At this point, we attempted to use the online version of Quicken (now called Mint?) to track our expenses. After you tweak it a bit, it will categorize for you automatically. But certain numbers kept being ever-so-slightly off, which drove me crazy. We went back to numbers on paper. You know I'm old-fashioned!

Since we were consistently going over budget, we started contemplating the move to cash. My husband, however, was skeptical as to how he would carry around "cash envelopes" without having to move to some unmanly, bulky sort of wallet.

I'll share the solution to that looming problem and more on the logistics of moving to cash envelopes next week! Try not to bite your nails in suspense. I know you're on the edge of your seat. *wink*

I also wanted to throw this out there....I am no budgeting expert! There are many ways to set up and execute a budget, I'm just sharing what has worked for us.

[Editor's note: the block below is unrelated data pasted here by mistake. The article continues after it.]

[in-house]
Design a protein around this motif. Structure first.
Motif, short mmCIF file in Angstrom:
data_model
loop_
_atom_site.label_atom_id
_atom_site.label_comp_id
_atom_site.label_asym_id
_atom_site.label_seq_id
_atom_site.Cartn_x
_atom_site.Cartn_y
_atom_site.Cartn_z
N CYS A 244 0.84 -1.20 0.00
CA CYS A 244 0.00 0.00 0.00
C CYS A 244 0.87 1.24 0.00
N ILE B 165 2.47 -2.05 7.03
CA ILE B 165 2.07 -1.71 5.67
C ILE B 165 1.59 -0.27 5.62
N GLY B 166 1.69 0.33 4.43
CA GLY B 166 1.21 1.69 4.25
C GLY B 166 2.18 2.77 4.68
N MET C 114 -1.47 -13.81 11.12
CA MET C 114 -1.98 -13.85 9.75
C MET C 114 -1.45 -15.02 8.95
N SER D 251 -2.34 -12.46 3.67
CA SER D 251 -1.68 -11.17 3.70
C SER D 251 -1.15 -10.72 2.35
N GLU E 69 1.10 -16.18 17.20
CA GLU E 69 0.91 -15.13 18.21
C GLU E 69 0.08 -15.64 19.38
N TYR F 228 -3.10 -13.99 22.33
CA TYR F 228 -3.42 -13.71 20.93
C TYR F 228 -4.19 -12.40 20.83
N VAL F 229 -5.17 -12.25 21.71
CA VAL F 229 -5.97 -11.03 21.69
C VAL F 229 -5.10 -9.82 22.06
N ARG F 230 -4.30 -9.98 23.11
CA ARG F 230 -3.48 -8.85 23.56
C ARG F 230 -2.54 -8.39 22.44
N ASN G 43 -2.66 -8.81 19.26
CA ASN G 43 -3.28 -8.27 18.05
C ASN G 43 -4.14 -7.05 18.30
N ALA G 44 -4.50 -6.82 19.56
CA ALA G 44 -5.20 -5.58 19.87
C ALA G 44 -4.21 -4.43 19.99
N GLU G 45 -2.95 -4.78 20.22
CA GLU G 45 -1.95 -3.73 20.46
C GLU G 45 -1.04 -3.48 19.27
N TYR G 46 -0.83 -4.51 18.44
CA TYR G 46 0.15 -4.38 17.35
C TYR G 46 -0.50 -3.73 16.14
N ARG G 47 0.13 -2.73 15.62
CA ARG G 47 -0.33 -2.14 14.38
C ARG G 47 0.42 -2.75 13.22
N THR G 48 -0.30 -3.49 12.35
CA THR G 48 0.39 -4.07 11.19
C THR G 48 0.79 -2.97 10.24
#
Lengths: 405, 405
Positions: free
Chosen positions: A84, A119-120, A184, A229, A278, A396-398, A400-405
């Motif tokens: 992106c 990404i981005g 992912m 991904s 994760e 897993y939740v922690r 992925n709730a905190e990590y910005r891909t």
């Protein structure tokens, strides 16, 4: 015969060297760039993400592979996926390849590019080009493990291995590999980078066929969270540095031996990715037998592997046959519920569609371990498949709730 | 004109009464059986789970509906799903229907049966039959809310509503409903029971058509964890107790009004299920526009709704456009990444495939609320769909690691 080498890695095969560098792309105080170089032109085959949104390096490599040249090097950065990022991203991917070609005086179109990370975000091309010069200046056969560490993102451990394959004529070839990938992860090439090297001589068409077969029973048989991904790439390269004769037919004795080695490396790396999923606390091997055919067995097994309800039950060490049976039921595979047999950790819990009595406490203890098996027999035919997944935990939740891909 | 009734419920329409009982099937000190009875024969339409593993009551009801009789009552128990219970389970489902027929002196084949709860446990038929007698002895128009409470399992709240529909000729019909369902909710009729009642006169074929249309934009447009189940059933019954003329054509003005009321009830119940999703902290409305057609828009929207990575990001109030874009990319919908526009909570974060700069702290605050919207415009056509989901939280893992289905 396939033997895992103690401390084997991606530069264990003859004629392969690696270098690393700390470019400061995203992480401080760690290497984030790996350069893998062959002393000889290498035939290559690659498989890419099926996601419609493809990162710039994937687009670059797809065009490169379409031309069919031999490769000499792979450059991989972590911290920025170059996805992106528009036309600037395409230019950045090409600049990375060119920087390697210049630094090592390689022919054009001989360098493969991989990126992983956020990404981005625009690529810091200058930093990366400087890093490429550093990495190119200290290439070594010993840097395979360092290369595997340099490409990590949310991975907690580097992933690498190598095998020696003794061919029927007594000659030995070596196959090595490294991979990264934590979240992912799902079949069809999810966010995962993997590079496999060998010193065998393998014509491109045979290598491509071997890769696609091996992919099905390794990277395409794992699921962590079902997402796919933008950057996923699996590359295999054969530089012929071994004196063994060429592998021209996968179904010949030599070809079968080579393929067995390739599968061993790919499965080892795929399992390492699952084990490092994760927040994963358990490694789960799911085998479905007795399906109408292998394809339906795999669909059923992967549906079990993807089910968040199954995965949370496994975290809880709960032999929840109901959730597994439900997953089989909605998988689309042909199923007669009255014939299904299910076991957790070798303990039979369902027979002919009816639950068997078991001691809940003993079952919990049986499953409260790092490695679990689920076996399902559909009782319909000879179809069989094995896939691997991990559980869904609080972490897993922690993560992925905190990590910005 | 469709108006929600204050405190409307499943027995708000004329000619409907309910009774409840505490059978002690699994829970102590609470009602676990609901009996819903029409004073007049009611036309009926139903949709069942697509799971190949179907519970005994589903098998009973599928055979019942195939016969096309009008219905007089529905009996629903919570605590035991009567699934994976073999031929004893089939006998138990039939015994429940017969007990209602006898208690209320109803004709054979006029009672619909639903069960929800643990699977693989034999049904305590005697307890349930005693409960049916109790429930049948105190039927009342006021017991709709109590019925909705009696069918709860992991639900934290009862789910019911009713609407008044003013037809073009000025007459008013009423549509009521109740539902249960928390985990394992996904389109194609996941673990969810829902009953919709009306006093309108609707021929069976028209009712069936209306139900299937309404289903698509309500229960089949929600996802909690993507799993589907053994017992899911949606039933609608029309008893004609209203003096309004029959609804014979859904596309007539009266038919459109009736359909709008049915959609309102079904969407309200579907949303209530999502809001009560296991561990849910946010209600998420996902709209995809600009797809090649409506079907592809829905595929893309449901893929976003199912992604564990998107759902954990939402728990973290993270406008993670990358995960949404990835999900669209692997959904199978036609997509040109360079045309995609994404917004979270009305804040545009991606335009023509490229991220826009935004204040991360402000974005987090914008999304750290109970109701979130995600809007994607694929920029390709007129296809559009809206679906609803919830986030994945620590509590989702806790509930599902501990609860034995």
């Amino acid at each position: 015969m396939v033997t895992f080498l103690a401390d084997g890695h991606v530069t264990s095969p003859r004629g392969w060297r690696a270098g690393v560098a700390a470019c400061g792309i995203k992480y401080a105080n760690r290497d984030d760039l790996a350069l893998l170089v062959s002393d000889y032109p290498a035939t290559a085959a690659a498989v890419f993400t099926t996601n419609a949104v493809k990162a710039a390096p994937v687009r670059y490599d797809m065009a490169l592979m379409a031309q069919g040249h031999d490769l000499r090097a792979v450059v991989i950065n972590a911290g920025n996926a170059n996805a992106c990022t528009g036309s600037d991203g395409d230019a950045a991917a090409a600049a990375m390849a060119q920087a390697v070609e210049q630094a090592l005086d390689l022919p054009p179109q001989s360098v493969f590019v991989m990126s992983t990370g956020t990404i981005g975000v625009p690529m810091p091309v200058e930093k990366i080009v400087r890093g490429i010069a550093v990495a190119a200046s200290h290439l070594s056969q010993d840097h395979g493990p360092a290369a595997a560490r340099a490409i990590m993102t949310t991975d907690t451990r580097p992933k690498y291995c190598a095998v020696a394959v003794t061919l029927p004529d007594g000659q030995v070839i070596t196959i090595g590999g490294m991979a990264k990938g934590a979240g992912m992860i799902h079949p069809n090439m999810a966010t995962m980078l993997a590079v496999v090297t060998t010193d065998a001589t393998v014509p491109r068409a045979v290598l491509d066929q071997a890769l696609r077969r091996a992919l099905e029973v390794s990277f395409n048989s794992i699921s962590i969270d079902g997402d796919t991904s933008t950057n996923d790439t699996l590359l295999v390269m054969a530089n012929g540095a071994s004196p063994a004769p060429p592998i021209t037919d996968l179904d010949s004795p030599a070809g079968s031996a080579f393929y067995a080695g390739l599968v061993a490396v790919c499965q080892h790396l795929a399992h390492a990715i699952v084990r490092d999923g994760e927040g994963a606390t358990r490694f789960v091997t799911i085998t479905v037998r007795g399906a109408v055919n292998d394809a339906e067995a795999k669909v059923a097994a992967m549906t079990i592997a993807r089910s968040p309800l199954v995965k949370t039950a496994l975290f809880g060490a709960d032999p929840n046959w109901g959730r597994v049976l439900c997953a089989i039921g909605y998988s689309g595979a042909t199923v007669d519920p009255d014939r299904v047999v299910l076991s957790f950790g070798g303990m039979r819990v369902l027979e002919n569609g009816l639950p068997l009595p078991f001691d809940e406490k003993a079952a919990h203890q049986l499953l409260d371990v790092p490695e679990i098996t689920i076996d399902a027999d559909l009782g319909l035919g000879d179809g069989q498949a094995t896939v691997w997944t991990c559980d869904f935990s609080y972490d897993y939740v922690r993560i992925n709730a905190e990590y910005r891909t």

What tips for setting up a budget (and losing the credit cards!) would you give my reader?

Linked to Frugal Friday.


  1. We use the envelope system (bought a wallet from Dave Ramsey online) for cash categories like Dining Out, Groceries, Leisure, Clothes, and Misc. This keeps me in check, although I am really trying to crack down this year - I can be unintentionally sneaky when I'm the main one handling our finances and buying everything.

    The best thing that helps me to organize is the online envelope system at I looked around for a reasonably priced envelope system and this was my favorite! I'm just such a visual person that the Microsoft money program I was using on my computer wasn't cutting it. I suggest this to anyone trying to work on a budget - especially with cash.

    I keep track of our savings, checking, and then I made a cash account that I transfer into to keep up with cash purchases.

    Check it out...there's a free plan as well as the other reasonably priced options.

    Feel free to ask me if you have any questions. :)

  2. Ok, I am on the edge of my seat waiting to hear how you do this!! Great post :)